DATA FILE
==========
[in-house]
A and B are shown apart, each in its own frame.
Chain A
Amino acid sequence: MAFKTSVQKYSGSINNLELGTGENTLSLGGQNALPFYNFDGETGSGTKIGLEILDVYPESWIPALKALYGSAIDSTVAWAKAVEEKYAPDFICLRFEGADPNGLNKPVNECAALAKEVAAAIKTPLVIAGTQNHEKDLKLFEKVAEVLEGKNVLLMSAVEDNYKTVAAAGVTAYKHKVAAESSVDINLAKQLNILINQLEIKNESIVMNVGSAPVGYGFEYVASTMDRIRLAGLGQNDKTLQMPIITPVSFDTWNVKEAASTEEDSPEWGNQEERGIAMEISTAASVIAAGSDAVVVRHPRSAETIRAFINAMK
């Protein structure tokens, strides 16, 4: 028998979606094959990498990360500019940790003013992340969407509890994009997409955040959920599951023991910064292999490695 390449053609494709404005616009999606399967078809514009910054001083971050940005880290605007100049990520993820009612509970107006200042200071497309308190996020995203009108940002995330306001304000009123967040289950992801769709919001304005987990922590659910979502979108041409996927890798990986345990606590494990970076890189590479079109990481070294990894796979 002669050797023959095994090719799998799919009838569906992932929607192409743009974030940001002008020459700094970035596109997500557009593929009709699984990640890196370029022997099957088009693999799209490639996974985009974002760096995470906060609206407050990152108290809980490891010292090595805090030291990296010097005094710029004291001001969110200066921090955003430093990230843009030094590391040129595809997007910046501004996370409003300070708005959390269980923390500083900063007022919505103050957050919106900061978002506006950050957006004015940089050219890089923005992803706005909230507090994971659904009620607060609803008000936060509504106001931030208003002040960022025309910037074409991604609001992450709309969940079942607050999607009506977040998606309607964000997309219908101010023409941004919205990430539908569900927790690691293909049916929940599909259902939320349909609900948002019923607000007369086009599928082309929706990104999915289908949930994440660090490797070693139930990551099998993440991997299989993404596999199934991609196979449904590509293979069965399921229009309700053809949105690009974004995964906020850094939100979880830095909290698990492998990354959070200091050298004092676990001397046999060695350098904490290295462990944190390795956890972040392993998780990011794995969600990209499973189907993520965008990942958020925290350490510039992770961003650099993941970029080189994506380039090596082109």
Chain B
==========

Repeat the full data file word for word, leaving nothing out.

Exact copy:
[in-house]
A and B are shown apart, each in its own frame.
Chain A
Amino acid sequence: MAFKTSVQKYSGSINNLELGTGENTLSLGGQNALPFYNFDGETGSGTKIGLEILDVYPESWIPALKALYGSAIDSTVAWAKAVEEKYAPDFICLRFEGADPNGLNKPVNECAALAKEVAAAIKTPLVIAGTQNHEKDLKLFEKVAEVLEGKNVLLMSAVEDNYKTVAAAGVTAYKHKVAAESSVDINLAKQLNILINQLEIKNESIVMNVGSAPVGYGFEYVASTMDRIRLAGLGQNDKTLQMPIITPVSFDTWNVKEAASTEEDSPEWGNQEERGIAMEISTAASVIAAGSDAVVVRHPRSAETIRAFINAMK
């Protein structure tokens, strides 16, 4: 028998979606094959990498990360500019940790003013992340969407509890994009997409955040959920599951023991910064292999490695 390449053609494709404005616009999606399967078809514009910054001083971050940005880290605007100049990520993820009612509970107006200042200071497309308190996020995203009108940002995330306001304000009123967040289950992801769709919001304005987990922590659910979502979108041409996927890798990986345990606590494990970076890189590479079109990481070294990894796979 002669050797023959095994090719799998799919009838569906992932929607192409743009974030940001002008020459700094970035596109997500557009593929009709699984990640890196370029022997099957088009693999799209490639996974985009974002760096995470906060609206407050990152108290809980490891010292090595805090030291990296010097005094710029004291001001969110200066921090955003430093990230843009030094590391040129595809997007910046501004996370409003300070708005959390269980923390500083900063007022919505103050957050919106900061978002506006950050957006004015940089050219890089923005992803706005909230507090994971659904009620607060609803008000936060509504106001931030208003002040960022025309910037074409991604609001992450709309969940079942607050999607009506977040998606309607964000997309219908101010023409941004919205990430539908569900927790690691293909049916929940599909259902939320349909609900948002019923607000007369086009599928082309929706990104999915289908949930994440660090490797070693139930990551099998993440991997299989993404596999199934991609196979449904590509293979069965399921229009309700053809949105690009974004995964906020850094939100979880830095909290698990492998990354959070200091050298004092676990001397046999060695350098904490290295462990944190390795956890972040392993998780990011794995969600990209499973189907993520965008990942958020925290350490510039992770961003650099993941970029080189994506380039090596082109």
Chain B